BY ANDREA BLINKHORN AND DANIEL TOSTADO
Washington, D.C. – As the asylum interview dragged into its second hour, Sandrine became very sleepy. In my office in D.C. sat two sisters, Sandrine and Camille, ages 15 and 17. During political unrest, government militias killed their parents, and so over the course of 18 months, they fled thousands of miles from their home country of Congo-Kinshasa. I was working at the time as a legal aid for refugees in Washington, providing services to asylum-seekers like the two sisters.
Noticing Sandrine’s sleepiness, I realized that I had a small pillow padding my chair, so I detached it and gave it to Sandrine. Embarrassed, she grudgingly accepted the pillow, placed it on my desk, and fell asleep. Camille and I conducted the rest of the asylum interview, watching over Sandrine and speaking in hushed, reverential tones.
Albany, N.Y. – Fatima walked into the U.S. Committee for Refugees and Immigrants Albany, NY office with a vigor and energy that belied the violence and unrest she had fled. Despite the fact that she held a college-level degree in nursing from a university in Sudan, she recognized that the path to a similar position in the United States would be long and frustrating. She was unperturbed by both the challenge of resettling in the United States and of starting her education over. Arriving after a long vetting process and laden with the expectation of repaying the loan used to buy her and her children’s flights, her sense of purpose and hope was a reminder of what an opportunity to live in the United States could mean.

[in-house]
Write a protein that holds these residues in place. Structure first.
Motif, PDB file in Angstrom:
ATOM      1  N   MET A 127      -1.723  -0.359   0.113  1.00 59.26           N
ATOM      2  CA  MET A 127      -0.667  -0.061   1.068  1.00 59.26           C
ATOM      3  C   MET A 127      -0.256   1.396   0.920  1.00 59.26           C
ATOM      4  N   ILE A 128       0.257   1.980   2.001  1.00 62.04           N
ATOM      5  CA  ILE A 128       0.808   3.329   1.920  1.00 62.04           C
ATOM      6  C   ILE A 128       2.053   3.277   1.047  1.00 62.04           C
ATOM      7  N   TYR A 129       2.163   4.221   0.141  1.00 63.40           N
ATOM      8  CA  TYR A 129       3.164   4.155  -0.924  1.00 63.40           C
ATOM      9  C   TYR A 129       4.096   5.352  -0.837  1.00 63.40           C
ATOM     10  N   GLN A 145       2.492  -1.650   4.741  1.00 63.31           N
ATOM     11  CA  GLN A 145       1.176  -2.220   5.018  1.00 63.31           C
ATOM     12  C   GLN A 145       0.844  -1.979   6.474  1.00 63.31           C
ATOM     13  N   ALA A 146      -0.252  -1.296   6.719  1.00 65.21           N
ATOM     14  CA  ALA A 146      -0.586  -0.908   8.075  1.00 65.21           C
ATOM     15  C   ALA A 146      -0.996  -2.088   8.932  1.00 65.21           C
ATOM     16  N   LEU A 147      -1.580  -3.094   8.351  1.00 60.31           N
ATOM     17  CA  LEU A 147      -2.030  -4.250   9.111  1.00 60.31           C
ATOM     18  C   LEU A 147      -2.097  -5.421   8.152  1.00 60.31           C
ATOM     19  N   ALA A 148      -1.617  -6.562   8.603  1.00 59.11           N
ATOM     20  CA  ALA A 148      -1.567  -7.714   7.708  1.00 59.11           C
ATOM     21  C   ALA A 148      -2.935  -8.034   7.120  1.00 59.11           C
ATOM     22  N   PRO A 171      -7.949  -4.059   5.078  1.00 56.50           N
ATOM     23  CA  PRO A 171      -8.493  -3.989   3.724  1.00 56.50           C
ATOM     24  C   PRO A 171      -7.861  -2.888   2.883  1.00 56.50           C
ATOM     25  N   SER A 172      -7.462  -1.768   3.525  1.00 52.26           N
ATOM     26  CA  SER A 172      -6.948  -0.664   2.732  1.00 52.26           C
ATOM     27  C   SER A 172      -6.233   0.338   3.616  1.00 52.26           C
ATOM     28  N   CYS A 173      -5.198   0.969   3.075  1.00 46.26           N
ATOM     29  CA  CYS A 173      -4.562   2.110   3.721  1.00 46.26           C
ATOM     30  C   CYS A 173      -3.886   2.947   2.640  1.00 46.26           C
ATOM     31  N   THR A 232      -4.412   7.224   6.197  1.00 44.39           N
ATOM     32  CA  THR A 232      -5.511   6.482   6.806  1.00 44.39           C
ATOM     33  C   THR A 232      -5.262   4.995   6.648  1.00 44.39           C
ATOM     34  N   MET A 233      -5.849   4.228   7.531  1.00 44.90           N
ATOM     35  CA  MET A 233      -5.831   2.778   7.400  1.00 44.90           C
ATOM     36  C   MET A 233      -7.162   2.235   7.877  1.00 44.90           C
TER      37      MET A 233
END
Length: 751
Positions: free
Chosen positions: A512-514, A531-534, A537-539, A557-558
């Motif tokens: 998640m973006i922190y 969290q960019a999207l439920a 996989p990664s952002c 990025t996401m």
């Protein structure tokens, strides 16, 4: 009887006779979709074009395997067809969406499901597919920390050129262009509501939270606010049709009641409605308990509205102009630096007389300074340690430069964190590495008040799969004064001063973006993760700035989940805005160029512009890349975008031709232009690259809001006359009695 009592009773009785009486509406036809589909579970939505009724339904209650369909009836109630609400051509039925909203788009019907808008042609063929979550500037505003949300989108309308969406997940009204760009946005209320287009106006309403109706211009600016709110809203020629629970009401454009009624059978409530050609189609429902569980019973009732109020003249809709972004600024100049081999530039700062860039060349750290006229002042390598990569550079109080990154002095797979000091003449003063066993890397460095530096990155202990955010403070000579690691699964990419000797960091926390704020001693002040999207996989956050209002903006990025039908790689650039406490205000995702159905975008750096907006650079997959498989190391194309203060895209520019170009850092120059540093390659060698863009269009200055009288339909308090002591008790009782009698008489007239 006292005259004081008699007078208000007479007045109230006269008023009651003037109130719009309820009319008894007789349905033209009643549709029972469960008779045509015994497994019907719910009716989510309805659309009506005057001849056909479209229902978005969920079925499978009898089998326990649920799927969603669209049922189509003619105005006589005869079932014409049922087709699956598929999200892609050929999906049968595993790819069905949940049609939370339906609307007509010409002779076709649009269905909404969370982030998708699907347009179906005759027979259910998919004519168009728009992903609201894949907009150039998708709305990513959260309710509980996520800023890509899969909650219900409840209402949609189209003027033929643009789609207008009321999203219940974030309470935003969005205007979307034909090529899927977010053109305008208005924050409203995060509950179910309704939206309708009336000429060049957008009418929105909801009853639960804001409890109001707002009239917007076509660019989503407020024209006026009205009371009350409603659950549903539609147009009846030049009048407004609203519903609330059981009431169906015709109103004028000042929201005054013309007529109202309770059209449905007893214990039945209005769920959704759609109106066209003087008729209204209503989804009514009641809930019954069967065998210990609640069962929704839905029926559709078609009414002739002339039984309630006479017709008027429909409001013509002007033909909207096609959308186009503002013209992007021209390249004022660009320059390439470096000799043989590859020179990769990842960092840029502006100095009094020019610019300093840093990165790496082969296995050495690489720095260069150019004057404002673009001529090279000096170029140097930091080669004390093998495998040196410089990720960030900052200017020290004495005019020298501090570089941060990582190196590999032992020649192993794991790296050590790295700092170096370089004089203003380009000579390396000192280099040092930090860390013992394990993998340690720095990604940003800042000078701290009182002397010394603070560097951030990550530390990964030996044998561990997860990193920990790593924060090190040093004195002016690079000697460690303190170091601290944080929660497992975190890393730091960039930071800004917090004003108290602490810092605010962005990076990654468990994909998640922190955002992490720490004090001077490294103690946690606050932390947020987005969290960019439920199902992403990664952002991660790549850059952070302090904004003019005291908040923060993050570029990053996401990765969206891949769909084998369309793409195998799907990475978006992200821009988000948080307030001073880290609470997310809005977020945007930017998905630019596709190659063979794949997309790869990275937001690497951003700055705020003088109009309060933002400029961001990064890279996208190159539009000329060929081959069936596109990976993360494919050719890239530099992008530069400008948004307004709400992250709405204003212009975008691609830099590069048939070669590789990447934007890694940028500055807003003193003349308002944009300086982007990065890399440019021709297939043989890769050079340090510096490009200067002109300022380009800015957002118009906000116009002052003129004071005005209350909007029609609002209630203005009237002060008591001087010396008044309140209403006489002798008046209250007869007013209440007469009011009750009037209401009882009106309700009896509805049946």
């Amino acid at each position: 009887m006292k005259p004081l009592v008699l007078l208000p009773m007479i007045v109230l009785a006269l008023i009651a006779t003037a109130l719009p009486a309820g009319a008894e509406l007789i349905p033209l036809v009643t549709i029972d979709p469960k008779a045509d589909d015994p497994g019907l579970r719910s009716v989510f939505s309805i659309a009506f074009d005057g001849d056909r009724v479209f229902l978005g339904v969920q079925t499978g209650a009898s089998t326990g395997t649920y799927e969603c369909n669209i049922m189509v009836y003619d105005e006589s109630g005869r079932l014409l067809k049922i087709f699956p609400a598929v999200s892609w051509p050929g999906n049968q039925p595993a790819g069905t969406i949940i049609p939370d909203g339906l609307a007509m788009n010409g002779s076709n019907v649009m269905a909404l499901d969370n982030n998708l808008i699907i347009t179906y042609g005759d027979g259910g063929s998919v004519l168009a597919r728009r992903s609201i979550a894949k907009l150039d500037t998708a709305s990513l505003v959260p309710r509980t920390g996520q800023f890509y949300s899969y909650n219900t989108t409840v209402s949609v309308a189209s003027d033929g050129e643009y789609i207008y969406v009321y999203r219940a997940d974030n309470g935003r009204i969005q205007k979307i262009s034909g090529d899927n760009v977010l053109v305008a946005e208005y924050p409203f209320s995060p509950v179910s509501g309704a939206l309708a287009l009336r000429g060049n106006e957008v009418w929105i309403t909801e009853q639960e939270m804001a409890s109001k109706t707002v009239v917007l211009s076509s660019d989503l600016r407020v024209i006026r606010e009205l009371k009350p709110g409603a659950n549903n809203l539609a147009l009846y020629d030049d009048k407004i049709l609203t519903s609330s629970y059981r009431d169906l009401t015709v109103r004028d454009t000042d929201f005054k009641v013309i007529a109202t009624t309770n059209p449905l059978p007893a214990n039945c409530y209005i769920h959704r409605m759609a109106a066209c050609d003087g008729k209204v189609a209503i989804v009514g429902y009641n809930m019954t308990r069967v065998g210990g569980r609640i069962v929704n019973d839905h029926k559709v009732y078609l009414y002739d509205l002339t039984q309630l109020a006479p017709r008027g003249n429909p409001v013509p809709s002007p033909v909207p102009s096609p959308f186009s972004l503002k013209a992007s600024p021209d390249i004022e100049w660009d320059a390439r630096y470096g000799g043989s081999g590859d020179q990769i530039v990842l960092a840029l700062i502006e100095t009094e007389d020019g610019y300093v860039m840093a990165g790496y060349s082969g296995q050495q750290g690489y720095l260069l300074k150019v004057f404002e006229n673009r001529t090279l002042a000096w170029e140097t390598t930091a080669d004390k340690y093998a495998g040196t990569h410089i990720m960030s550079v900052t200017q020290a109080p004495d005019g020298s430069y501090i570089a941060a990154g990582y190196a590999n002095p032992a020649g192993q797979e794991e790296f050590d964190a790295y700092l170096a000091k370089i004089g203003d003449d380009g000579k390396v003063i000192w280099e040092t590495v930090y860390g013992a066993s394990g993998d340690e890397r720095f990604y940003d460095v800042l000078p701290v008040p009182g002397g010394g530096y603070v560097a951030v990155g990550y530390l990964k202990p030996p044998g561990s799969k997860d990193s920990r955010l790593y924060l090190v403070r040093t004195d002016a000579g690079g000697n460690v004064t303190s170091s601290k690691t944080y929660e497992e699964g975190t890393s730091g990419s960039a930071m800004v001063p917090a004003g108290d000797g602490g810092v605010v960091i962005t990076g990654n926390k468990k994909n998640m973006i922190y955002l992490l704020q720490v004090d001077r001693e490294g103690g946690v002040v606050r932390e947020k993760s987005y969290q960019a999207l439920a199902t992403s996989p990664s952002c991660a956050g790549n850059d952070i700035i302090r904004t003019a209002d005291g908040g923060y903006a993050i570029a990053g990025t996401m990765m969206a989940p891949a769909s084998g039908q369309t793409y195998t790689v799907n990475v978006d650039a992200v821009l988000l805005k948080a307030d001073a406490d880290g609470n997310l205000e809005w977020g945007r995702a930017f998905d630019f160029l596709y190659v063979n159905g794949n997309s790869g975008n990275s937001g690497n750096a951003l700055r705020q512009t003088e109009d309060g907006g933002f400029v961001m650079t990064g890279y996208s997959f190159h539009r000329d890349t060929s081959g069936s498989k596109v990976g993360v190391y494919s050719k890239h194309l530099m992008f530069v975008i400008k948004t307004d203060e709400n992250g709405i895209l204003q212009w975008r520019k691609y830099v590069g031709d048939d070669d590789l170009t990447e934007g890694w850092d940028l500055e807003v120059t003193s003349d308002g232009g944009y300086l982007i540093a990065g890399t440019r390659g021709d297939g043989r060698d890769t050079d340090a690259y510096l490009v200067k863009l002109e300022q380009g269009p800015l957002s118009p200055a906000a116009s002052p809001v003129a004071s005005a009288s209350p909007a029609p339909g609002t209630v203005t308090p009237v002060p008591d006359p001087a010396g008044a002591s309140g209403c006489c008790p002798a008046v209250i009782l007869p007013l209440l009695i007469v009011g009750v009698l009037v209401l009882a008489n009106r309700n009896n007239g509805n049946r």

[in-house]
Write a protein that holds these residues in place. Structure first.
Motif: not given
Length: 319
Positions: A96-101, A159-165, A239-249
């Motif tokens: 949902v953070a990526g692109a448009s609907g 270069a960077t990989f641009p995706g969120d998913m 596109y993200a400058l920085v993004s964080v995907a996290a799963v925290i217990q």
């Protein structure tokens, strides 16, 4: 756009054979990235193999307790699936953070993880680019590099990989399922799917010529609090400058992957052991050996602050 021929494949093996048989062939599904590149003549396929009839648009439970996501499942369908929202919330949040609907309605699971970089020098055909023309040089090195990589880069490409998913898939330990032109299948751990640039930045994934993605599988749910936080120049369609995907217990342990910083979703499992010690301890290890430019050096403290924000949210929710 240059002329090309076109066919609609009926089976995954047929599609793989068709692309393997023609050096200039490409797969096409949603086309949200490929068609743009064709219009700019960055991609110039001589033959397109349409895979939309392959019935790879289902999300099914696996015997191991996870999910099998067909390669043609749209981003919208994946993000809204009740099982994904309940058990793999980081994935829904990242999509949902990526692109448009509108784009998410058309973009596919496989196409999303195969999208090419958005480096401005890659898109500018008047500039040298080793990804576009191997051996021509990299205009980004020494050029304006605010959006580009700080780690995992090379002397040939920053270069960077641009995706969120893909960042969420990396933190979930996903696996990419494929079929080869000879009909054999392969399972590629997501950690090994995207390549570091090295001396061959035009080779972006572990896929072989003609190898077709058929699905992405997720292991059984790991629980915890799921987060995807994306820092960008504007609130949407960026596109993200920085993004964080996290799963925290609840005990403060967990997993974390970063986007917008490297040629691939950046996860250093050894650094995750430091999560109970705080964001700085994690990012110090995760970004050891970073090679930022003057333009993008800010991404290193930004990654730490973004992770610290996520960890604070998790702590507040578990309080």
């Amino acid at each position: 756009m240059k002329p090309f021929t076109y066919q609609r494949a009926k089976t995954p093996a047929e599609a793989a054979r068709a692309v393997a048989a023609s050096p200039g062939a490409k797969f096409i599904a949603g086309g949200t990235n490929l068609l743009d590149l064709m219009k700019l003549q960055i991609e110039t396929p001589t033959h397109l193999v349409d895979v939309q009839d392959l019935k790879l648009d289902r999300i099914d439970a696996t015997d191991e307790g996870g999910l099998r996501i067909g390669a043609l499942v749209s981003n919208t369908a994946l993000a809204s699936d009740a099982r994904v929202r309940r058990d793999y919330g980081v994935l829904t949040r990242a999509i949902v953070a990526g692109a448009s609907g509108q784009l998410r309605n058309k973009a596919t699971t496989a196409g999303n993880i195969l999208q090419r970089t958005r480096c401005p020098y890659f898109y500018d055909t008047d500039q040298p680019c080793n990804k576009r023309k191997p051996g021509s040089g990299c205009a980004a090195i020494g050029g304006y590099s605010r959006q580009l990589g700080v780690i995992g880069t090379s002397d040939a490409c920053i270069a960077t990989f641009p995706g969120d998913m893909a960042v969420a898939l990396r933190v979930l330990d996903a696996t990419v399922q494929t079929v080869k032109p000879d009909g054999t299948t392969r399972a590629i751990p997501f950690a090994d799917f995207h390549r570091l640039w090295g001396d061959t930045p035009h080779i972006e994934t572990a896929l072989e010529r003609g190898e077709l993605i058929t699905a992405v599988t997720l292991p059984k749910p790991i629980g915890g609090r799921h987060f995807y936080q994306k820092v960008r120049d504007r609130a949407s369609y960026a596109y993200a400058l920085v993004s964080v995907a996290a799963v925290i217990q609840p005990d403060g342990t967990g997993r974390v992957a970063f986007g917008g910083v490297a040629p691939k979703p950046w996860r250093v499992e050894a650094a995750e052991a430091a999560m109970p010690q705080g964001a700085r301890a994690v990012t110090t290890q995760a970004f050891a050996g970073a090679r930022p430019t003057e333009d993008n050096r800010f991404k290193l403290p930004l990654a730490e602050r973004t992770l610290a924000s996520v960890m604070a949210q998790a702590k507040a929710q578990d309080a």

The past week has been filled with tragedy around the world. For us, it’s personal. In the Syrian refugees we see our former refugee clients in Washington and New York. We see them in our classmates, our friends, and our family members. We see both their desperation and exhaustion, but we also see their hope and the glimmers of optimism for a better future.
In the face of such recent tragedies, American political leaders are at a critical juncture in how they choose to respond on our behalf. Do we take the moral high road, one that recognizes that the faces of refugees in the Emma Lazarus poem are those like Sandrine and Fatima: “tired and poor, yearning to breathe free?” Or do we turn our backs, eschewing our national values and founding principles in favor of protectionism based on an emotional gut reaction to tragedy?
What we expected to hear out of our nation’s leaders was a rhetoric that acknowledges the inherent humanity in every person, rhetoric that doesn’t “other-fy” refugees like Sandrine or Fatima.